10 minute inactivity timer, sounds if no keys are thrown for 10 minutes. Any key resets the timer.
Range-check sweep mode, whereby the transmitter can be left sweeping whilst you walk away with the model
Master flash reset, reverts all reversing, trim & ATV settings back to defaults.
One character Morse identifiers are used to confirm modes: D for reset to Defaults, R for Reversed, A for set ATV, V for ATV end, S for Scan, K for OK.
Futaba AETR or JR/Spektrum TAER channel order
Full Single-Channel compound escapement emulation via a 'tone' button
If the set is held in 'reset' for 10 seconds then a full ID is sounded.
reeduino_2.jpg
reeduino_orangerx.jpg
reeduinoheader.jpg
reeduino12.jpg




Edit: Since any further Reeduinos are most likely to be built on DIY-More 'Strong' boards, heres a video demonstrating the simple mod required to provide a convenient 3-pin RF module header carrying neg, battery pos and PPM:







Edit: ( this is important to me! )
I feel I have to explain the use of resistors and to make it clear that this is not "propo with switches instead of pots" :-)
The only reason for using analogue inputs with the resistors centre-biasing is to enable 3 'digital' positions to be read by one input pin. It makes the cabling easier and its more economical on processor input pins - the three toggle positions are not in any way linked to servo outputs, or to the resistor values.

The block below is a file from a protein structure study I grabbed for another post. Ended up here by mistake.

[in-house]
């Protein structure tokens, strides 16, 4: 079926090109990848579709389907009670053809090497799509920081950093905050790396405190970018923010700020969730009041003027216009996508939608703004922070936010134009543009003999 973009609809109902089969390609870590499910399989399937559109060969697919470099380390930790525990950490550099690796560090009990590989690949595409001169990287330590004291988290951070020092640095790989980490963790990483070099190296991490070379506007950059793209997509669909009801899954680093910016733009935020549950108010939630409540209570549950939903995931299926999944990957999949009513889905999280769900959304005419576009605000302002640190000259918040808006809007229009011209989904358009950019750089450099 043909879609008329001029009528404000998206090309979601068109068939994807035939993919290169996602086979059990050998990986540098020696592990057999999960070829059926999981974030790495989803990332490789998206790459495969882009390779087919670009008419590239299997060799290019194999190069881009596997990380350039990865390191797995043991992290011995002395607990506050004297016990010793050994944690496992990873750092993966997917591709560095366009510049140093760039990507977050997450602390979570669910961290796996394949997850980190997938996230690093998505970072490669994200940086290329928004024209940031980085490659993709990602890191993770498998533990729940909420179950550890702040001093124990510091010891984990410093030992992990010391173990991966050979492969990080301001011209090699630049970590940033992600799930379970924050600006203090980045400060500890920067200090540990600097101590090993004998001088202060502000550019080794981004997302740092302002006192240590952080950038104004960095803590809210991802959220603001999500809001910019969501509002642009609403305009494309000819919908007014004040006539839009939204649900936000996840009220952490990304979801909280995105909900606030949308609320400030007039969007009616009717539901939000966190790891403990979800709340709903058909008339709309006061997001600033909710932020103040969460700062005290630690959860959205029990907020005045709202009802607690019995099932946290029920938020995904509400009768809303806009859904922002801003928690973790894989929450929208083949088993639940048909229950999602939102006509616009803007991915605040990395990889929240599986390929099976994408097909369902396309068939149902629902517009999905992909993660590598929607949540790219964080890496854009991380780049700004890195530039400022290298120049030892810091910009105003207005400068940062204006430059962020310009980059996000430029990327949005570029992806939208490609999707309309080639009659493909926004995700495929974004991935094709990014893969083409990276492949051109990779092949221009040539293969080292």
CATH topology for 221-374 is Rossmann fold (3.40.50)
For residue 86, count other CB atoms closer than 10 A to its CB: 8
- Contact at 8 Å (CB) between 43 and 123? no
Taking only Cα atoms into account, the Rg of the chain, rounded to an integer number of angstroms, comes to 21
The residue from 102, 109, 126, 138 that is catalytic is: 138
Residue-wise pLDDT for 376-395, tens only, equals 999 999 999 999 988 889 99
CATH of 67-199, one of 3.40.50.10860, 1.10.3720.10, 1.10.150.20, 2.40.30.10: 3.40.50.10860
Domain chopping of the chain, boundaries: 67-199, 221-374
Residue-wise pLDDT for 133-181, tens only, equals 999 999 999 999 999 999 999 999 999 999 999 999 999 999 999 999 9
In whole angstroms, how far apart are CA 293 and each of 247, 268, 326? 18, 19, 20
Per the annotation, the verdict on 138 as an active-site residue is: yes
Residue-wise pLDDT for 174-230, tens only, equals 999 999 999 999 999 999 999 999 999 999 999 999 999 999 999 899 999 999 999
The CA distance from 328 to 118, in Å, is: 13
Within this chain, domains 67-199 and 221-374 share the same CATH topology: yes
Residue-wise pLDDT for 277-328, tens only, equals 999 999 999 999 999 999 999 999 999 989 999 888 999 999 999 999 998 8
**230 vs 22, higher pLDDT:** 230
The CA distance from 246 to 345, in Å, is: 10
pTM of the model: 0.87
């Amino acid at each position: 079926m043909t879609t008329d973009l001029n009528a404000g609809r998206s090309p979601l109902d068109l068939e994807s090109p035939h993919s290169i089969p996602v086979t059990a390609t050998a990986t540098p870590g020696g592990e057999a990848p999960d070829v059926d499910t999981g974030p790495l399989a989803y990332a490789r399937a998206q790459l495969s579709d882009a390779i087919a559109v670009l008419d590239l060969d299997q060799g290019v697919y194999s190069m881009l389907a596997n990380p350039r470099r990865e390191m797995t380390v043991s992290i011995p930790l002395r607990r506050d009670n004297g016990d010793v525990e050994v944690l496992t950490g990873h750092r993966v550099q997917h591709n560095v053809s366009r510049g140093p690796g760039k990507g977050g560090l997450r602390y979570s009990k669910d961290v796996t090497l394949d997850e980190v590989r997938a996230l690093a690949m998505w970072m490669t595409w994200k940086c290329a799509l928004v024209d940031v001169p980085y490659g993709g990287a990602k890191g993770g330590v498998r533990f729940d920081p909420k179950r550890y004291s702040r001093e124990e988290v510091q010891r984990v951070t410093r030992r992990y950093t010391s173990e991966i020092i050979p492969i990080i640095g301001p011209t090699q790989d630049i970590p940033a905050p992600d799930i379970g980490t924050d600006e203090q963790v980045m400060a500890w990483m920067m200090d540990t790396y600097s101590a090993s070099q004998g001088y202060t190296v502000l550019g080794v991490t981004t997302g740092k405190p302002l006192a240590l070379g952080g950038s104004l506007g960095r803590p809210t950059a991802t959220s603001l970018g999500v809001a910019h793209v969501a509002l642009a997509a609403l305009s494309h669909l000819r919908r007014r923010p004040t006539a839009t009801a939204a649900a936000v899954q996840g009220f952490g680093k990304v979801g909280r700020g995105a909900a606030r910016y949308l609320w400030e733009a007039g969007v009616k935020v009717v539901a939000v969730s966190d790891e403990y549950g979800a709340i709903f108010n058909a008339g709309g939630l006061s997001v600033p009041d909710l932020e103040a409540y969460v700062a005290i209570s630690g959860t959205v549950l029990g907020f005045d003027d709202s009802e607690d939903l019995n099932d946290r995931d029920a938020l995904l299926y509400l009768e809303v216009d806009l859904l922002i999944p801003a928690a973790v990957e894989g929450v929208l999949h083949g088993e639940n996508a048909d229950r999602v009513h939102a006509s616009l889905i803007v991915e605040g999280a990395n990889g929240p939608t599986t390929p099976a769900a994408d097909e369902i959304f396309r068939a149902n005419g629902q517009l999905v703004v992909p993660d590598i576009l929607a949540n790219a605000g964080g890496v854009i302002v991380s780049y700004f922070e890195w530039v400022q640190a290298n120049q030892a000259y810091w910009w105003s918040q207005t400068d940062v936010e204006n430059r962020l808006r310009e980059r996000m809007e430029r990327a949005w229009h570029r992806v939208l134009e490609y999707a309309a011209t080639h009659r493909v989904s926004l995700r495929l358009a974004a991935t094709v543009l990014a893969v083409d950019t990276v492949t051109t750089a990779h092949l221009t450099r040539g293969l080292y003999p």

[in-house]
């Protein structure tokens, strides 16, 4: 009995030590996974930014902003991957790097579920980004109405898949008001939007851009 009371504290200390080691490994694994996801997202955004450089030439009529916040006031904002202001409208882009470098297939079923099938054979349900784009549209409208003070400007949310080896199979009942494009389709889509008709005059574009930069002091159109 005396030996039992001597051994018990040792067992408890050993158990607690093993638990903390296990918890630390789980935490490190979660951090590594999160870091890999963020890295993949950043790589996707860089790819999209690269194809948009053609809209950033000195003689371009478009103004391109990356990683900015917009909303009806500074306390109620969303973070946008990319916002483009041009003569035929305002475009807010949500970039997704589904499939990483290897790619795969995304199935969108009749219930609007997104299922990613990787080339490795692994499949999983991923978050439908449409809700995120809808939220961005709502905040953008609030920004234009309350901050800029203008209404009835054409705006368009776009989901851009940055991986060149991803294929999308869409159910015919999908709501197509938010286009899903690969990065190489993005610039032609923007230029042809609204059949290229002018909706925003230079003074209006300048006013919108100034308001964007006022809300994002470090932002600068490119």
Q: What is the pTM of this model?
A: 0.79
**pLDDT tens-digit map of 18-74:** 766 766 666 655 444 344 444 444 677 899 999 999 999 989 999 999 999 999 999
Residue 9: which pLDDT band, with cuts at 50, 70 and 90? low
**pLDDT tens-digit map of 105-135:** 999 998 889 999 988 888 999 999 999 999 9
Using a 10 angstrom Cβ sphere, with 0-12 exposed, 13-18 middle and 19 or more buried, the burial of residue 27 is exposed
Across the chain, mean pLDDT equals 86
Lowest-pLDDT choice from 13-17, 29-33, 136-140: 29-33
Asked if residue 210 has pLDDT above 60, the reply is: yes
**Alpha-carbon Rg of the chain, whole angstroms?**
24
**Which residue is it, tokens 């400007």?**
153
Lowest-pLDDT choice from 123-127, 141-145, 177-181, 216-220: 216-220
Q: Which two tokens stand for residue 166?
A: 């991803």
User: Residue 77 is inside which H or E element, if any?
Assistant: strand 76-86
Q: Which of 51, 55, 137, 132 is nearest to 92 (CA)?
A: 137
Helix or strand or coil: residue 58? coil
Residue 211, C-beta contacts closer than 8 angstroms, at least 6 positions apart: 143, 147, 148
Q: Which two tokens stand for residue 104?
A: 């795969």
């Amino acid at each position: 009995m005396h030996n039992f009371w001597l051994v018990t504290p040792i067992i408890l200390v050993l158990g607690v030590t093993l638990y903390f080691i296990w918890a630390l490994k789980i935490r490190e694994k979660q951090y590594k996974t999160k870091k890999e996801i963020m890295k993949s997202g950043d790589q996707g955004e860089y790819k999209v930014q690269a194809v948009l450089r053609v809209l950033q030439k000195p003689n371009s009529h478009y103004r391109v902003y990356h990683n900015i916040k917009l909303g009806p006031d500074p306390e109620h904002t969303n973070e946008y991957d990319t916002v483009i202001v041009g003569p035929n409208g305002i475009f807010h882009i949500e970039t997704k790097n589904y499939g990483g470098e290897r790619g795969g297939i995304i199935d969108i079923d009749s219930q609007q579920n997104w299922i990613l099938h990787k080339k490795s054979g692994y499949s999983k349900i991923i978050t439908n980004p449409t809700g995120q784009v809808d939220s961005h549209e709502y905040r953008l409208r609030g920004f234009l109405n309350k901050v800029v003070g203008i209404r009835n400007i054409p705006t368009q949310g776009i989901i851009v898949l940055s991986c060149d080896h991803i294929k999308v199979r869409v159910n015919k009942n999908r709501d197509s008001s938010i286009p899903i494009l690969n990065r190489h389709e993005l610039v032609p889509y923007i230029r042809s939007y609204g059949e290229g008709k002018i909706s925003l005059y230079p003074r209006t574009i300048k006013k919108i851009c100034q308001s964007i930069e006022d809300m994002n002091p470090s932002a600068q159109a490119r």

Each input is quantised to 3 states: 'left toggle', 'right toggle' or 'neither'. To do this I use just the 2 most-significant bits of the ADC, which are translated as:
00=toggle thrown one way, signal line less than 1/4 rail, typically at ground 0v
01 or 10 =toggle at neutral, signal line is between a quarter to three-quarters rail, typically around half (2.5v)
11=toggle thrown the other way, signal line above 3/4 rail, typically the full 5v
Anything from 1/4 to 3/4 rail is seen as the toggle at neutral, this completely eliminates any resistor tolerances.

All the servo positioning is done from subsequent processing of 'target values' derived from several sources - the current position, servo-slow, trims, ATV and the various mixes - its not related to the precise voltages read on the analogue inputs as it would be with a 'switched' propo stick pot.